Americans for Prosperity, a tea party group chaired by infamous energy billionaire David Koch, backed a similar revenge campaign against three Florida justices who kept an unconstitutional attempt to nullify the Affordable Care Act off the 2010 ballot. This campaign failed as well. All three justices won their retention races by comfortable margins.
Lest there be any doubt, these two campaigns were nothing less than a rejection of the idea that judges are bound by the law. The Iowa Constitution provides that “[a]ll laws of a general nature shall have a uniform operation; the general assembly shall not grant to any citizen or class of citizens, privileges or immunities, which, upon the same terms shall not equally belong to all citizens.” These words unambiguously require gay couples to be granted the same marriage rights as straight couples. Similarly, the Koch-backed effort to remove the Florida justices centered around the dangerously wrongheaded notion that a state can nullify a federal law it does not want to follow. This notion simply cannot be squared with the U.S. Constitution, which provides that duly enacted federal laws “shall be the supreme law of the land.”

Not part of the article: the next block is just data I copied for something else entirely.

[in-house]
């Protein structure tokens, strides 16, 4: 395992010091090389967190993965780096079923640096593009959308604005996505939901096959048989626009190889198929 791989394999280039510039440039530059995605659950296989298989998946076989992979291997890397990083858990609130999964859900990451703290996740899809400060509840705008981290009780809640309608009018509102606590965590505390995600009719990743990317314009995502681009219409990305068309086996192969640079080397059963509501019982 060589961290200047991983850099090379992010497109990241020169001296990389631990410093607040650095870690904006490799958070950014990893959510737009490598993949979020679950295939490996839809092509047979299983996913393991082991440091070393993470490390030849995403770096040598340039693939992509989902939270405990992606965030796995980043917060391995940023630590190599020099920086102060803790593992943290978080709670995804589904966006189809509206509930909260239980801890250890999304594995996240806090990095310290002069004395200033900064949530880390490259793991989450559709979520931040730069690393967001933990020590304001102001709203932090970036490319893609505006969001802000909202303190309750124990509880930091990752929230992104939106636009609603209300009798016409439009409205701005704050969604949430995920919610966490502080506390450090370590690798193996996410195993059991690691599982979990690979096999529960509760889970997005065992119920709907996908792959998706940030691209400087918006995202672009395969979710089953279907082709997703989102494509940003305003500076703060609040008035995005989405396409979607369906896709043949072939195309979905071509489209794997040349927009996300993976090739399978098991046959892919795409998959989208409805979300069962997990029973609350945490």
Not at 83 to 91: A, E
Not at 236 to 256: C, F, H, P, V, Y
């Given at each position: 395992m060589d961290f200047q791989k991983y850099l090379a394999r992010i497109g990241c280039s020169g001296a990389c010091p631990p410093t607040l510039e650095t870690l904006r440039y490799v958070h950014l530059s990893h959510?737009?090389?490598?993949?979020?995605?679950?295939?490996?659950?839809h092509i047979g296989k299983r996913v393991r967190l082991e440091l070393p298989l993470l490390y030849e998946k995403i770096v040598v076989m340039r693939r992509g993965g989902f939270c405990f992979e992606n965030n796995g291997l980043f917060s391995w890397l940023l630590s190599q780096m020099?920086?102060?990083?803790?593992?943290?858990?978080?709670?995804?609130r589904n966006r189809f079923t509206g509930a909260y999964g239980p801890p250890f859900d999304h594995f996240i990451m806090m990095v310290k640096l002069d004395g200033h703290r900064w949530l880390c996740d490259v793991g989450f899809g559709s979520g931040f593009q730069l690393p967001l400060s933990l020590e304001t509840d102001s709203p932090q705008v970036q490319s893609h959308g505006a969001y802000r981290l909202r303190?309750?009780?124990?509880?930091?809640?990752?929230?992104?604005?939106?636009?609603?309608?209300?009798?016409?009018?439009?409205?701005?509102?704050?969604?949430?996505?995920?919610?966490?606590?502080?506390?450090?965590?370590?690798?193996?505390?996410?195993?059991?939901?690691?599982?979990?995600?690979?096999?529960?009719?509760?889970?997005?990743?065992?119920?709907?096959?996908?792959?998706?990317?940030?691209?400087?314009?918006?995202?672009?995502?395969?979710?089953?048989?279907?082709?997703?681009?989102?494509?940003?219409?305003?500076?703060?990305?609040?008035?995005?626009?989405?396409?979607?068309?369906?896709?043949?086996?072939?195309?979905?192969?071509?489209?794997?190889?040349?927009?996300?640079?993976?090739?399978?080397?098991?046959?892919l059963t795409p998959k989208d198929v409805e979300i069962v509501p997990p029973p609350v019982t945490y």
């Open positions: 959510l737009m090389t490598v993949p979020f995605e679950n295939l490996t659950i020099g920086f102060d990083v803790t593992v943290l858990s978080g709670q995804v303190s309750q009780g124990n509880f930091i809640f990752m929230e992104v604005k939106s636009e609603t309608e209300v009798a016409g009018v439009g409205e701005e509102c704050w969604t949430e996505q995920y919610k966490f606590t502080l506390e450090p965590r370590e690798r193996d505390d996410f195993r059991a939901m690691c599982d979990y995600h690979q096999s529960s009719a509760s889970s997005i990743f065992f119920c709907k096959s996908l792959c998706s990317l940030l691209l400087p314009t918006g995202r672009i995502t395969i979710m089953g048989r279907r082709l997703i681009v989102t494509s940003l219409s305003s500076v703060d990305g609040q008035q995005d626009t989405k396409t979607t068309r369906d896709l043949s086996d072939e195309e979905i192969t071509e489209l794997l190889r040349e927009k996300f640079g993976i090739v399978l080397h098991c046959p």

So yesterday’s retention elections were more than a victory for four justices who have, at times, gone against the whims of the right. It was a victory for the rule of law itself.